Neither of the main political coalitions in Malaysia has mentioned LGBT rights in their manifesto, neglecting a key group who could make all the difference to winning or losing the election, activists say.
‘I think they see us as a minority and a negligible minority,’ said LGBT rights activist Angela Kuga Thas, speaking on a Kini TV show examining the issue.
‘At the last election those who won won on a very small majority of 3 to 10%, and we make up, generally in terms of global statistics, a population of 3 to 10%… I think they’ve made a really serious mistake.’
Campaign fever is currently hitting Malaysia as the country anticipates a general election on 5 May.
The ruling Barisan Nasional (BN) coalition lost more than two-thirds of their seats at the last election in 2008, winning only a slim majority and knocking their complacency about holding power in various forms since independence from Britain in 1957.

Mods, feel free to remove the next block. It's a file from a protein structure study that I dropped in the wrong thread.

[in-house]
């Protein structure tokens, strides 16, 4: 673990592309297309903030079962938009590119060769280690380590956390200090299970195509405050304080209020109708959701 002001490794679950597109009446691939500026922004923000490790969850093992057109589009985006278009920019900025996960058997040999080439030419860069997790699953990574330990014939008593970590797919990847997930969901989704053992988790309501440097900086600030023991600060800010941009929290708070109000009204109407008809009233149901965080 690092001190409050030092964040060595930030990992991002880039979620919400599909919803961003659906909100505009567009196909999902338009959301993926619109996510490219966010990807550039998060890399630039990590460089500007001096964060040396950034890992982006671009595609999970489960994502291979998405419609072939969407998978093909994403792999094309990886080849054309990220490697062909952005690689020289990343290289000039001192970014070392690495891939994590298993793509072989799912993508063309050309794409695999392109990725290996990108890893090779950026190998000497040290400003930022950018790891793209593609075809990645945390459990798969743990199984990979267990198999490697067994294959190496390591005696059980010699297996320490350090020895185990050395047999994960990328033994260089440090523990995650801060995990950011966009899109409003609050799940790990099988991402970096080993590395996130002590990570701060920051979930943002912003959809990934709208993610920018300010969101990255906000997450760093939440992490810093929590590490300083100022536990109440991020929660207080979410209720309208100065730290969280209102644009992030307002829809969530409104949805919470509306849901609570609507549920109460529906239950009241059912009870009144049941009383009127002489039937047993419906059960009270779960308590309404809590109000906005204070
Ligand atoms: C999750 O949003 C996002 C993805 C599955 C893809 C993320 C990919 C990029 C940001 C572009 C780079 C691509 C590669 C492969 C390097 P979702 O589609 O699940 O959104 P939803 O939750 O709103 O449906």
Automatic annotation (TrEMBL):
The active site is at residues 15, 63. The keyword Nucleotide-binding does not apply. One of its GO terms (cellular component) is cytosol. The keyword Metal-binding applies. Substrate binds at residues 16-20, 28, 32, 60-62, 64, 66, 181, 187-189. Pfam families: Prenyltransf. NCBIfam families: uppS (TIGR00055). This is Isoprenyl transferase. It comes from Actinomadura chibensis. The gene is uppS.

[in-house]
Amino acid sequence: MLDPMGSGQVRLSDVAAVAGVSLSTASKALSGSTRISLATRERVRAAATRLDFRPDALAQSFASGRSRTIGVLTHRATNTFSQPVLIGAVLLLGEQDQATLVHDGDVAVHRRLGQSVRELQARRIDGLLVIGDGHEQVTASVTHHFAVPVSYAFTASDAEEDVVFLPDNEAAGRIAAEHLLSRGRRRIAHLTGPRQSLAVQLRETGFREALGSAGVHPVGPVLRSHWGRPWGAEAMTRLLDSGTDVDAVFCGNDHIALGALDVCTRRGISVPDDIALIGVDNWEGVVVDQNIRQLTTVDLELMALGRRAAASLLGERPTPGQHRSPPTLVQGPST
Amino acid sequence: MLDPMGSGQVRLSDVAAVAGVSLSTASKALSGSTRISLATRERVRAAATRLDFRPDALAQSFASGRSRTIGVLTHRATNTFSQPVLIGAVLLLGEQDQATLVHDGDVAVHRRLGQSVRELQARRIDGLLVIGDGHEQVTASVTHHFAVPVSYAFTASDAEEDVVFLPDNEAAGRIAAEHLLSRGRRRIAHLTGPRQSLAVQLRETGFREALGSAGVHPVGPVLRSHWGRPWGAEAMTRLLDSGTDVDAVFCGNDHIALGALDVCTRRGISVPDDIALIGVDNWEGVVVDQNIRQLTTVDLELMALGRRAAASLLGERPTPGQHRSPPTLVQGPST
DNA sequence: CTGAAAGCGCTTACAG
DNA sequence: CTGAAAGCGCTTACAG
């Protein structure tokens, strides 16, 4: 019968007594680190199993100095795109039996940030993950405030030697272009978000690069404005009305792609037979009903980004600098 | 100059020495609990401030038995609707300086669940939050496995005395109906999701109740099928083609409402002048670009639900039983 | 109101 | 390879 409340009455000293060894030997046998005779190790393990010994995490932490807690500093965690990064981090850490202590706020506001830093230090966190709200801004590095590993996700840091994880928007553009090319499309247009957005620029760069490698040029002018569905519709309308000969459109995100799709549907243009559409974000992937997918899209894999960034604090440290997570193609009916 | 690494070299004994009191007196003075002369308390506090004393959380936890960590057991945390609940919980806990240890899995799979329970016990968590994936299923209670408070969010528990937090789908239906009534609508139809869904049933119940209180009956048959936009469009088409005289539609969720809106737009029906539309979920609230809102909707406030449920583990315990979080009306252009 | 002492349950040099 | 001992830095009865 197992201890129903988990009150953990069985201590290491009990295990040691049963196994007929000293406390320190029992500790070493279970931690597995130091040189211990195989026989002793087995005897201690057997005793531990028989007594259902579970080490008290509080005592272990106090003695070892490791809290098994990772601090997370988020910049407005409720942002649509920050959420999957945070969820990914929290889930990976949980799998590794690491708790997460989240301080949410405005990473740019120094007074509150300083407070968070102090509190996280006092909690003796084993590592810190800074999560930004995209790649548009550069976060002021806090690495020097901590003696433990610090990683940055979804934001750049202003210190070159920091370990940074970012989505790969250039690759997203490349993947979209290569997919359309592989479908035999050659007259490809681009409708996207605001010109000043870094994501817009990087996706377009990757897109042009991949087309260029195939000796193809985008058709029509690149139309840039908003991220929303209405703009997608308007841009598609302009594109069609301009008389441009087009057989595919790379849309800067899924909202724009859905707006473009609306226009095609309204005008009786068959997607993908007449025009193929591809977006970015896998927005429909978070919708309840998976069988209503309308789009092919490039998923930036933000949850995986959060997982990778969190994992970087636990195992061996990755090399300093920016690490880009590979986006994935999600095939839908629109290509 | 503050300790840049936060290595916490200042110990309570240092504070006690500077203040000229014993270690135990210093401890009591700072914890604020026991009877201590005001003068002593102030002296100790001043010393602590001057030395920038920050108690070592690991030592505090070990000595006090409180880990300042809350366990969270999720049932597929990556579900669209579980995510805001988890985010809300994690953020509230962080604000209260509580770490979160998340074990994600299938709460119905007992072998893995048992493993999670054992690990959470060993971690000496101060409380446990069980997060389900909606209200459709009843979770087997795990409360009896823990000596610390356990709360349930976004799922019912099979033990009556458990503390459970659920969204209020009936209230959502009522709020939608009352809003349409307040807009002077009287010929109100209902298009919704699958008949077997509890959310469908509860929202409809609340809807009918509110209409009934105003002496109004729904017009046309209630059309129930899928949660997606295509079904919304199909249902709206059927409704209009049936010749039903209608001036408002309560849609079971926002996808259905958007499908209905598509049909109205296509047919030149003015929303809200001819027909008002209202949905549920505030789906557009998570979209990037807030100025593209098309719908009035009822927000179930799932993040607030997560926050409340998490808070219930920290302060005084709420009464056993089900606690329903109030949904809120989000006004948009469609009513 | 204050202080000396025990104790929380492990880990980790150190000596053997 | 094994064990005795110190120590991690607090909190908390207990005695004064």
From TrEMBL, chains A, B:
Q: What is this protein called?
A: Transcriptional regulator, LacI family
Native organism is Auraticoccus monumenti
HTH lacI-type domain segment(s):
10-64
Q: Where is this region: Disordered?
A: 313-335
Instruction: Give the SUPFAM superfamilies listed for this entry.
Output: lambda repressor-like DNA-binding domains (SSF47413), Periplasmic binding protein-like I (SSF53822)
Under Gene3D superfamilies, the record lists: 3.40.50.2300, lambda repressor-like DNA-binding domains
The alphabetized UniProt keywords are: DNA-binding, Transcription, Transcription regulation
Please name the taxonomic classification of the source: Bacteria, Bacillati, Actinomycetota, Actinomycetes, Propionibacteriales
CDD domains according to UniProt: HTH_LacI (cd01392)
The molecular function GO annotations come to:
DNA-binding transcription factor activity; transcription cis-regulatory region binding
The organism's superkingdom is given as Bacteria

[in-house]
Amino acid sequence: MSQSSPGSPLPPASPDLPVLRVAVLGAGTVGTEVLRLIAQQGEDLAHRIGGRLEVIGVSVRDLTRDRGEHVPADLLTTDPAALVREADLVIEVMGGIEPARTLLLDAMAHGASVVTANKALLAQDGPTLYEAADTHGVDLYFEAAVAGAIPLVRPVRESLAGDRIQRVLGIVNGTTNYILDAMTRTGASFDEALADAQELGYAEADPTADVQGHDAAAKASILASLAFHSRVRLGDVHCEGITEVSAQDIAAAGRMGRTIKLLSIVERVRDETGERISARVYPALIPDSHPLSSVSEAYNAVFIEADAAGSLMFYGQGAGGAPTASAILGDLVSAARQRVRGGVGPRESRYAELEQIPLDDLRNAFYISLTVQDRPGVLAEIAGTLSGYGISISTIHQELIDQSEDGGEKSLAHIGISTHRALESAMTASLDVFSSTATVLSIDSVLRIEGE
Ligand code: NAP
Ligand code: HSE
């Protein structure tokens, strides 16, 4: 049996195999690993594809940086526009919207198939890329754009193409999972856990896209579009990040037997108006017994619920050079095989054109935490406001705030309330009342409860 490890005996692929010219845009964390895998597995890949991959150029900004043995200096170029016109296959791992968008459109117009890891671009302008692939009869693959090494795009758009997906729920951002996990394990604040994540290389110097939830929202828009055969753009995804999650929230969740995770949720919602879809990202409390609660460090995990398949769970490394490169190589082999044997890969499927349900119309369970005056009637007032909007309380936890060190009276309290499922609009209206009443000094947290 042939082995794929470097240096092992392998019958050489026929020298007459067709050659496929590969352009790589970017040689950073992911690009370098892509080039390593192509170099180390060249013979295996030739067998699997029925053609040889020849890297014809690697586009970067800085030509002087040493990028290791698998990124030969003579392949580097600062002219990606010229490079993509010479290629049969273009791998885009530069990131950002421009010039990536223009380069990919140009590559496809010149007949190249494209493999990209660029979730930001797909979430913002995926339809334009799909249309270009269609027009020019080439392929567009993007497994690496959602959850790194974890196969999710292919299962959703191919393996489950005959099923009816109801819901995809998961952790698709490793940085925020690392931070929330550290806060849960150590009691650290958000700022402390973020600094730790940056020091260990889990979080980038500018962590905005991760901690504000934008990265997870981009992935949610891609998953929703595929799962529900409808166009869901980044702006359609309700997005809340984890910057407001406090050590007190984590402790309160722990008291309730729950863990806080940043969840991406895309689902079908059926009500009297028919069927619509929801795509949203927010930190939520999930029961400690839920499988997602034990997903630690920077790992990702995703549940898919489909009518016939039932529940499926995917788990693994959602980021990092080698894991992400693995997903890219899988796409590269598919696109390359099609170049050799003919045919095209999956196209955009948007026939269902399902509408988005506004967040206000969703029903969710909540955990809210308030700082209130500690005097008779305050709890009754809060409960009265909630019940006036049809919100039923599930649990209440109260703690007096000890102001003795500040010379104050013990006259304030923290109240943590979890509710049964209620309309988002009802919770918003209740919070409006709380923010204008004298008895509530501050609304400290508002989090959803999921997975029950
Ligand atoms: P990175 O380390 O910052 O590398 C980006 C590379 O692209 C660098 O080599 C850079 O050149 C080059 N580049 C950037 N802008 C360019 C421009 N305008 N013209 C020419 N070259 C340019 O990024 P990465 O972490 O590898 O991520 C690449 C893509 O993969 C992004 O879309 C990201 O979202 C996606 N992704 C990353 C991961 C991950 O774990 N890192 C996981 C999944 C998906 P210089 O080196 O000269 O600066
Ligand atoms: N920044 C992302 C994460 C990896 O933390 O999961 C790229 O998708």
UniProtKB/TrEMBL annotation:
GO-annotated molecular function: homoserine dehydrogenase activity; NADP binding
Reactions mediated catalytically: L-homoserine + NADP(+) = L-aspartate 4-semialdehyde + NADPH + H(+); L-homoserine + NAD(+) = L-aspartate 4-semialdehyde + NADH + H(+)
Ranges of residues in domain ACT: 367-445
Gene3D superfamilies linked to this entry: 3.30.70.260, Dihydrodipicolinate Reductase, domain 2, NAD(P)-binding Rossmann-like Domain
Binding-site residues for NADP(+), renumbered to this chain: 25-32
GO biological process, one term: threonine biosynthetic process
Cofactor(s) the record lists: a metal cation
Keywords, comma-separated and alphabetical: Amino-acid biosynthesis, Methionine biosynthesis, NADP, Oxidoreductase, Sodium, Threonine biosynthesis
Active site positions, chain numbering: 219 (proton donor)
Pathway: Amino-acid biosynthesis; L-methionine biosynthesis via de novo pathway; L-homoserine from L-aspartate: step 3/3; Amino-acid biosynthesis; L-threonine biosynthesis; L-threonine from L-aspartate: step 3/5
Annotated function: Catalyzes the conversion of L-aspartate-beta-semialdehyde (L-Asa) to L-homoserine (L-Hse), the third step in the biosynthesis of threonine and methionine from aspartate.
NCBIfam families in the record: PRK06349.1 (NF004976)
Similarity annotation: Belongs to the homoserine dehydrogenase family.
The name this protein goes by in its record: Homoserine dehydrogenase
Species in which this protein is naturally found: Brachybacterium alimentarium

Prime Minister Najib Tun Razak and BN politicians have repeatedly made inflammatory homophobic statements, like deputy education minister who endorsed parenting seminars which taught how to ‘curb’ LGBT behavior in children.
Unfortunately for Malaysia opposition leader Anwar Ibrahim is no better. He sued a newspaper for saying he supports gay rights and then said in court that he believes gay people should be discriminated against.
LGBT rights activist Pang Khee Teik said he supports Parti Sosialis Malaysia (PSM) a socialist party that currently only has one seat in parliament.
‘PSM stands for the marginalized, from LGBTs to the poor to the stateless,’ said Pang.
Watch the Kini TV report here: